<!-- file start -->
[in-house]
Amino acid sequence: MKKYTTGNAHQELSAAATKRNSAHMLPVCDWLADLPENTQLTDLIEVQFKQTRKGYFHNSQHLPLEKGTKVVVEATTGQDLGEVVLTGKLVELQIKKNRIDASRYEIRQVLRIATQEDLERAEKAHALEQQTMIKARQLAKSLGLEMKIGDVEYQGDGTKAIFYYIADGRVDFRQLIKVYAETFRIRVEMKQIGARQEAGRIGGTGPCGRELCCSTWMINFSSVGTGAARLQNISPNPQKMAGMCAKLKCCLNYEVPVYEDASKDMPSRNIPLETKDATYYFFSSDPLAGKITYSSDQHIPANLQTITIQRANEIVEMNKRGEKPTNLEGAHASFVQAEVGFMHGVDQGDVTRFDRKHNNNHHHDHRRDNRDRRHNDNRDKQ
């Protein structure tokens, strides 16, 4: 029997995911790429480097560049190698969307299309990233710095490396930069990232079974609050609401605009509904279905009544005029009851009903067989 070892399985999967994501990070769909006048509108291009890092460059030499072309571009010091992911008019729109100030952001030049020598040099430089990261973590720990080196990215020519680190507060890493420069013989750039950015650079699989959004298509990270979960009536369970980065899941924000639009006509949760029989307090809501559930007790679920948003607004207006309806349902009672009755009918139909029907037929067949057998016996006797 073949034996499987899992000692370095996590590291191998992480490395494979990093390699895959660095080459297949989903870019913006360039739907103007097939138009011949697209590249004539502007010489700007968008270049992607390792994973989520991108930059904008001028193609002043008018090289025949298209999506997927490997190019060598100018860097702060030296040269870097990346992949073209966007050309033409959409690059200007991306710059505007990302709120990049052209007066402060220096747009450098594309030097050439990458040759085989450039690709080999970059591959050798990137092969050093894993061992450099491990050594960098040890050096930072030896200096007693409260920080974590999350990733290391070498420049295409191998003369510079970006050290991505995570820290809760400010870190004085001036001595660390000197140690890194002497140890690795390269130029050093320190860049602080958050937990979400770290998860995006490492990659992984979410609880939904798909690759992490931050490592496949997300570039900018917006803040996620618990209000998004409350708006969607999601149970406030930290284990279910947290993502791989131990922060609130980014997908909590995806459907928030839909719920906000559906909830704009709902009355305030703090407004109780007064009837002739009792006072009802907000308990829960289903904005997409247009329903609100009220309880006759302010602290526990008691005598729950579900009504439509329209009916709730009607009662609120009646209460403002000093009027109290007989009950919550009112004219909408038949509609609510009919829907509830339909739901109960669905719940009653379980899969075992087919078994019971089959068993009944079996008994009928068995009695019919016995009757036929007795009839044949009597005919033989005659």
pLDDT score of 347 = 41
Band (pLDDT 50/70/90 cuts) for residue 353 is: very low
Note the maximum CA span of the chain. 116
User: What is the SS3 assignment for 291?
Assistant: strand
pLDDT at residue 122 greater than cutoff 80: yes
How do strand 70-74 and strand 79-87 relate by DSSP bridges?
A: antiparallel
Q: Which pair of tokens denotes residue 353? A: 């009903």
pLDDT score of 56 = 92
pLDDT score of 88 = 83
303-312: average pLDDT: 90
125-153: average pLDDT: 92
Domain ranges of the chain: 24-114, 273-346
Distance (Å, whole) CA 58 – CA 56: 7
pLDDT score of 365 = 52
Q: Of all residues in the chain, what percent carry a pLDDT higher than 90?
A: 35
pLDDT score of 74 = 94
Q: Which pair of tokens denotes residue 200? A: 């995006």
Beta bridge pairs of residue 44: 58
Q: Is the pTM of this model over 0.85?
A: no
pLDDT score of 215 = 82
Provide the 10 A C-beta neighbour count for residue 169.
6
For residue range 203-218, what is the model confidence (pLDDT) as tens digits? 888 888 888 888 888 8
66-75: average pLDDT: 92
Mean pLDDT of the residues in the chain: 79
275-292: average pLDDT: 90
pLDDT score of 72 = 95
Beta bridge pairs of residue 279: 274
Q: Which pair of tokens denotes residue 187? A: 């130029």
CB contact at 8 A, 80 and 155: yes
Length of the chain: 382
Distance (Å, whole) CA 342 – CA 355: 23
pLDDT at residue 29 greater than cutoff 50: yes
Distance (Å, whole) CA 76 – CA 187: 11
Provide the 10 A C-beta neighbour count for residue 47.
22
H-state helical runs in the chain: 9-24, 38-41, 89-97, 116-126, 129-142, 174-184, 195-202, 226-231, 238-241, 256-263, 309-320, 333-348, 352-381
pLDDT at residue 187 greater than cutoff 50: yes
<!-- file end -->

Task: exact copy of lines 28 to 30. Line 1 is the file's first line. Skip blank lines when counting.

Provide the 10 A C-beta neighbour count for residue 169.
6
For residue range 203-218, what is the model confidence (pLDDT) as tens digits? 888 888 888 888 888 8